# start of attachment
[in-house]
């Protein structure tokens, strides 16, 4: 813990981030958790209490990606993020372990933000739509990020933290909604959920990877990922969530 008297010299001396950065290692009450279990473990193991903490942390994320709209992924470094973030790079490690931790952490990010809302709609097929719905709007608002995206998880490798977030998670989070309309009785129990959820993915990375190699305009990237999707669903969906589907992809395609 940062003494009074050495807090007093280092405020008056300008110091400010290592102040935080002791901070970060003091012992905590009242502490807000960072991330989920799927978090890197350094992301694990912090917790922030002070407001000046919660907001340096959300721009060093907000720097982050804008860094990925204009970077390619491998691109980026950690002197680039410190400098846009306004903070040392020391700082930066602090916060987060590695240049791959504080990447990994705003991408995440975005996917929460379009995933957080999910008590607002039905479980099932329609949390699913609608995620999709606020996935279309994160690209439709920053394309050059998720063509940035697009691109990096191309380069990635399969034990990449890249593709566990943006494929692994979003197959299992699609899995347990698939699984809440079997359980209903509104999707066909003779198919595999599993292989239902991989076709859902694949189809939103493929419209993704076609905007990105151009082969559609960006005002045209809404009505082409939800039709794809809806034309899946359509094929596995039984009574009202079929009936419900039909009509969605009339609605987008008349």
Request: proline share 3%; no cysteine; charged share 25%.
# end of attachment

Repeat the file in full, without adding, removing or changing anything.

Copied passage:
[in-house]
């Protein structure tokens, strides 16, 4: 813990981030958790209490990606993020372990933000739509990020933290909604959920990877990922969530 008297010299001396950065290692009450279990473990193991903490942390994320709209992924470094973030790079490690931790952490990010809302709609097929719905709007608002995206998880490798977030998670989070309309009785129990959820993915990375190699305009990237999707669903969906589907992809395609 940062003494009074050495807090007093280092405020008056300008110091400010290592102040935080002791901070970060003091012992905590009242502490807000960072991330989920799927978090890197350094992301694990912090917790922030002070407001000046919660907001340096959300721009060093907000720097982050804008860094990925204009970077390619491998691109980026950690002197680039410190400098846009306004903070040392020391700082930066602090916060987060590695240049791959504080990447990994705003991408995440975005996917929460379009995933957080999910008590607002039905479980099932329609949390699913609608995620999709606020996935279309994160690209439709920053394309050059998720063509940035697009691109990096191309380069990635399969034990990449890249593709566990943006494929692994979003197959299992699609899995347990698939699984809440079997359980209903509104999707066909003779198919595999599993292989239902991989076709859902694949189809939103493929419209993704076609905007990105151009082969559609960006005002045209809404009505082409939800039709794809809806034309899946359509094929596995039984009574009202079929009936419900039909009509969605009339609605987008008349």
Request: proline share 3%; no cysteine; charged share 25%.